Network properties of arboreal plants: Are epiphytes, mistletoes and lianas structured similarly?


R Blick
K Burns

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Perspectives in Plant Ecology, Evolution and Systematics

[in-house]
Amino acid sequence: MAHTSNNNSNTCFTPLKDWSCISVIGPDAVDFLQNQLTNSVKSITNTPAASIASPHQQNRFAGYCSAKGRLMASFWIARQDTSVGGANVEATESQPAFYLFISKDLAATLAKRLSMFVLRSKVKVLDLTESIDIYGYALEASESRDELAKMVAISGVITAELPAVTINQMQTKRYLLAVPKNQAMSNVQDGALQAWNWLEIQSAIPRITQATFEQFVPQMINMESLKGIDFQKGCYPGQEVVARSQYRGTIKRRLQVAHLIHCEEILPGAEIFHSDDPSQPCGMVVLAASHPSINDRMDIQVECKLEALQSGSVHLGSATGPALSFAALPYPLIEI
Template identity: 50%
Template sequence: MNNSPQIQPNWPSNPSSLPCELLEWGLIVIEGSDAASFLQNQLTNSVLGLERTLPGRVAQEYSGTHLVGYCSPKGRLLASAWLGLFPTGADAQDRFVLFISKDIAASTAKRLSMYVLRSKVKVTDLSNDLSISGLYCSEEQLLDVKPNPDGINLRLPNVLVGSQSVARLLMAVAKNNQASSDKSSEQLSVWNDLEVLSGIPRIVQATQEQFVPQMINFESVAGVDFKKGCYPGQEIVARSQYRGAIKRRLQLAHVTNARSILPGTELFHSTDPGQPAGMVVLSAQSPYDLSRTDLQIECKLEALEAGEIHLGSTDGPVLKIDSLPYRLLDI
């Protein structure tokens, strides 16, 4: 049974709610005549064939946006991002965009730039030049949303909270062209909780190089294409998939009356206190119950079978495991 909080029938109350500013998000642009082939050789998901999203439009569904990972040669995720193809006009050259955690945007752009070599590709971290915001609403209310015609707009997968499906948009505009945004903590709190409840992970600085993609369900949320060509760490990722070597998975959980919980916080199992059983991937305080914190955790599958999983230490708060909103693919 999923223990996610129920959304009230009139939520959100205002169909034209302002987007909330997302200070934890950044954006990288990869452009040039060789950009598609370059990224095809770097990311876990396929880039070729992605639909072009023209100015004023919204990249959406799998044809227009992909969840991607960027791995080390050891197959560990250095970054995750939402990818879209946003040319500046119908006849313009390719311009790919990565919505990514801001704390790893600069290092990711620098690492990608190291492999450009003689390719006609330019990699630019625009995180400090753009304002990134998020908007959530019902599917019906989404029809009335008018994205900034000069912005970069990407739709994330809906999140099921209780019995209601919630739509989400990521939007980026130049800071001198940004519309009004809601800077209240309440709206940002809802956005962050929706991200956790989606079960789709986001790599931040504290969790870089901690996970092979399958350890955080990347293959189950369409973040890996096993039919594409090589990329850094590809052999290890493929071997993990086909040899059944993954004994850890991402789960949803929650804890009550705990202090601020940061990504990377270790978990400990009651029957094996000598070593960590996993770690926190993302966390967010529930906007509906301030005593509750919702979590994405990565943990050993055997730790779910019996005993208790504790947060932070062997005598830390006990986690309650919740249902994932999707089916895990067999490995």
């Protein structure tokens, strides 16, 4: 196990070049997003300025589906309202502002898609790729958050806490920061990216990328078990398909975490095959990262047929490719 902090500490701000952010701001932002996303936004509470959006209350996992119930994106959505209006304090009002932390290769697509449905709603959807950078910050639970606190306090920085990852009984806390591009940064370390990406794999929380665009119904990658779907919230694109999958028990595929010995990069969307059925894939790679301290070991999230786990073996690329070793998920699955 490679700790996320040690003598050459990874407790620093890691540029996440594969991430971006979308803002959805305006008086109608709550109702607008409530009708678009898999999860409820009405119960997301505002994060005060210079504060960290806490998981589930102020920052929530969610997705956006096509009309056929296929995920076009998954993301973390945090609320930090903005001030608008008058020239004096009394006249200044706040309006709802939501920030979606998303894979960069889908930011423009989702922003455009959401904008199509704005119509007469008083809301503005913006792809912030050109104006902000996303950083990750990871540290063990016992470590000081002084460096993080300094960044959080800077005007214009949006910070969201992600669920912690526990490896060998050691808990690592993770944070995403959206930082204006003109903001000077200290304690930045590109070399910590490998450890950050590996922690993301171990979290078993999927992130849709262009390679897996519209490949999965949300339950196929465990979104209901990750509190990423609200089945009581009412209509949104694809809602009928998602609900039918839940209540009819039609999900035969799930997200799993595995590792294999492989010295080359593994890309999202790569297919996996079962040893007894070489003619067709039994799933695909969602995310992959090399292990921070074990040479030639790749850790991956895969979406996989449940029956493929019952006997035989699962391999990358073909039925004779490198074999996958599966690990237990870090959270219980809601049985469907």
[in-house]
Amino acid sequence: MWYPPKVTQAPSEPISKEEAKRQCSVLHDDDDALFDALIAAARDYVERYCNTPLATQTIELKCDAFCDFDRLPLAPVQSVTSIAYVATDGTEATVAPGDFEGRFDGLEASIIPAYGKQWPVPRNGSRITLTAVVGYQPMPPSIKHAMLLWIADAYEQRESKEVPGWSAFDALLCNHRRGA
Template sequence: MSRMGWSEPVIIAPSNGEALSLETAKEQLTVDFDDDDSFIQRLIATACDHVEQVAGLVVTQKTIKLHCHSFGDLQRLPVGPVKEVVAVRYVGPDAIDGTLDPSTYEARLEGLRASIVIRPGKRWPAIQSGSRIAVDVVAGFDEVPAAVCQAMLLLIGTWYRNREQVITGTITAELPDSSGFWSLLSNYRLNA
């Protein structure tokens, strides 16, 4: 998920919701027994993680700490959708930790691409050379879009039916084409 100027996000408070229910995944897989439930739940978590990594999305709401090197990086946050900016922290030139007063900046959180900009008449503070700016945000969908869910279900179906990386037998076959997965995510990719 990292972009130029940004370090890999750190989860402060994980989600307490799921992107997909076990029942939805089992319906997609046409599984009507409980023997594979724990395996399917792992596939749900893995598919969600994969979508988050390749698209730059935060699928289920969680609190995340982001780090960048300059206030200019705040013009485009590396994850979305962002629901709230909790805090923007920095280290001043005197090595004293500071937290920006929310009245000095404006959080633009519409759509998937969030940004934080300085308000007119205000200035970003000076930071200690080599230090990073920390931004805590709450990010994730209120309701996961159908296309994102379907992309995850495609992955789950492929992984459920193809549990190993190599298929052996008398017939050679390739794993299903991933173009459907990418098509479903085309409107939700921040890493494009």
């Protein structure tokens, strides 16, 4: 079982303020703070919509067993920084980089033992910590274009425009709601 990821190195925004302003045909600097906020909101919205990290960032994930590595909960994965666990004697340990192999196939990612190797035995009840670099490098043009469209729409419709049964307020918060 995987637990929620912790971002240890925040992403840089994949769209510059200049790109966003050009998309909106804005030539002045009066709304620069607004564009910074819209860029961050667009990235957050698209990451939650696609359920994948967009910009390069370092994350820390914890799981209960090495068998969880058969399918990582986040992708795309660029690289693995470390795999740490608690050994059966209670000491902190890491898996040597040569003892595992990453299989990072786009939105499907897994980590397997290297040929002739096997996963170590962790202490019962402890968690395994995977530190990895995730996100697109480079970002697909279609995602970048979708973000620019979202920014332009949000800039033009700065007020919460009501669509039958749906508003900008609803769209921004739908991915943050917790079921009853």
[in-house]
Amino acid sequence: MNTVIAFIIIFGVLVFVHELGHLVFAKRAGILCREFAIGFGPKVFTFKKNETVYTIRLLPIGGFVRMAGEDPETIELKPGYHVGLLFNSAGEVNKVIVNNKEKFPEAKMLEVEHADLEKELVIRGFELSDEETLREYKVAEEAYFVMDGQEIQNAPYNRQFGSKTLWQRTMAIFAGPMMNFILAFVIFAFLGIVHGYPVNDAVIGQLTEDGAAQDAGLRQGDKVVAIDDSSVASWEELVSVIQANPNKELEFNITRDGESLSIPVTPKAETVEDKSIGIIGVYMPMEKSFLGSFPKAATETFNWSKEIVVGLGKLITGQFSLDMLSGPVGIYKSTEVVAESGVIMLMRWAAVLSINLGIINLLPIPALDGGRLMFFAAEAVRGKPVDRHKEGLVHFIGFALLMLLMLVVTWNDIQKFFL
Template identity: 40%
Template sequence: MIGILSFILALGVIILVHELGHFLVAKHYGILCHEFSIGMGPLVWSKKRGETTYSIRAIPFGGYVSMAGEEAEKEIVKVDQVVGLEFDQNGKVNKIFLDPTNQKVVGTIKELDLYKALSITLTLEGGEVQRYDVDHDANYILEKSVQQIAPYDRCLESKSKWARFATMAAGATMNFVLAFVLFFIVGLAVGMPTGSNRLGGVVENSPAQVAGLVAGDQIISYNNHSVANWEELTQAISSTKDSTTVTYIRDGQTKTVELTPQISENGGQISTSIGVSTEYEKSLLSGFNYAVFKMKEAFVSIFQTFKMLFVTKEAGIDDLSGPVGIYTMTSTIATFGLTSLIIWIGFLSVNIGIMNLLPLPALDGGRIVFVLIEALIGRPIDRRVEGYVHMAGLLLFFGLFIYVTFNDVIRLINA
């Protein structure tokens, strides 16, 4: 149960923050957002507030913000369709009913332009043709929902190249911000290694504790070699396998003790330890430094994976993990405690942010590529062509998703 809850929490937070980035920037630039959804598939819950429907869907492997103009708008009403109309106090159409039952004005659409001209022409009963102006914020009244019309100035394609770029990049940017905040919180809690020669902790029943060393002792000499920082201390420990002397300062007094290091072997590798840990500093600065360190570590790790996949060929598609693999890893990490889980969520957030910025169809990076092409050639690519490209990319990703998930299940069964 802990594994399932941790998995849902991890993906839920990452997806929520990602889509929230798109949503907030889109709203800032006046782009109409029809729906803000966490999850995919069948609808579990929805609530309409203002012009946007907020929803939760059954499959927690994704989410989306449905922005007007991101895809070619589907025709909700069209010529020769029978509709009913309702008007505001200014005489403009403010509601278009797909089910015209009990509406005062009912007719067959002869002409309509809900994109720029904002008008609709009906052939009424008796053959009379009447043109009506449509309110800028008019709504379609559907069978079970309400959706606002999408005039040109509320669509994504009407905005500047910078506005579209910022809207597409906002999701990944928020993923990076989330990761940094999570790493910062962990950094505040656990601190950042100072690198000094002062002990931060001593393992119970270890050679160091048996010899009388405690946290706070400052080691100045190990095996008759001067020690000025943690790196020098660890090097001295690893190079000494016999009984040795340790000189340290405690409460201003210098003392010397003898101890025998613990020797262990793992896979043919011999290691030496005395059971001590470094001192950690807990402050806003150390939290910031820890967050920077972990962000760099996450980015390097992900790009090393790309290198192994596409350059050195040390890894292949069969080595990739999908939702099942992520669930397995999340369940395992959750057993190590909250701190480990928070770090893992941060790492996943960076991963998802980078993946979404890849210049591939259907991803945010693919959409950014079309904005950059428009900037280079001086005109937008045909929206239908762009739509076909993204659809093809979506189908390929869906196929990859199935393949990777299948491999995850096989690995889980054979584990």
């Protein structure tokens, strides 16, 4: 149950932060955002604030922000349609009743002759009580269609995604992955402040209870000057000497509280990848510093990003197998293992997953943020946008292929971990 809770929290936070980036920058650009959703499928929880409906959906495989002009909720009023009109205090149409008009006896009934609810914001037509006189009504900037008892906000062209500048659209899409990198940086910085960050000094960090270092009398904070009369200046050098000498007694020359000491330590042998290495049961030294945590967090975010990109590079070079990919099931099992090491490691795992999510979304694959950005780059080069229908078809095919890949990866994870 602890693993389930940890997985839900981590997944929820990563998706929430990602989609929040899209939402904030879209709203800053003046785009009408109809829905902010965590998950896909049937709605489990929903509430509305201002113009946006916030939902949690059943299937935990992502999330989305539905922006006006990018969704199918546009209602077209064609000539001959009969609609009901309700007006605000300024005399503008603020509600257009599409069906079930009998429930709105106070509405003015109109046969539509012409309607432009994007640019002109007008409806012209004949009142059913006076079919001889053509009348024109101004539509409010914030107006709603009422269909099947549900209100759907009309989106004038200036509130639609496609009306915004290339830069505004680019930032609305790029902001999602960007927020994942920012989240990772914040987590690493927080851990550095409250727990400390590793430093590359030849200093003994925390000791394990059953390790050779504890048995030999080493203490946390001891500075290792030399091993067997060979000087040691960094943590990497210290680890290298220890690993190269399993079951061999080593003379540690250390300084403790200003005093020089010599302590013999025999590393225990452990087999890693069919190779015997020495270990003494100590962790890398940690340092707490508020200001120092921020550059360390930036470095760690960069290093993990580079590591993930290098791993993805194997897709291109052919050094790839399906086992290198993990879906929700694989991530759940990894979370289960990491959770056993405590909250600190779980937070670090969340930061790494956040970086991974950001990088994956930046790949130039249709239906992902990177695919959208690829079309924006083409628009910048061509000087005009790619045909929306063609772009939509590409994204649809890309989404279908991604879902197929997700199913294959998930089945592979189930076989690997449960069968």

Network analyses provide a unified framework to evaluate different types of species interactions. We used a network approach to comparatively evaluate three types of arboreal plant metacommunities. Interactions between mistletoes, lianas and epiphytes and their host trees were quantified in two New Zealand forests and individual-based null models were used to test for non-random patterns in network degree, nestedness and negative co-occurrence patterns. Arboreal plants were simulated to randomly occur on individual host trees to derive ‘null’ interaction matrices, which were then compared to the observed matrix. Results showed that mistletoes, lianas and epiphytes had very different network properties. Mistletoe and liana degree distributions exhibited fewer links than expected under the null model, indicating strong host preferences. Conversely, degree distributions for epiphytes were consistent with randomised expectations. Mistletoes and lianas were less nested than null model expectations and instead showed support for negative co-occurrence patterns, meaning mistletoe and liana species tended to have mutually exclusive host preferences. Conversely, epiphytes were more nested than expected by chance and showed positive co-occurrence patterns. Overall results indicate that plant–plant interactions exhibited by different types of arboreal plants have very different network properties. We hypothesize that these differences result from (1) differences in coevolutionary dynamics between arboreal plants and their hosts, which range from parasitic (mistletoes) to commensal (epiphytes), and (2) biotic interactions among arboreal plant species for access to host trees.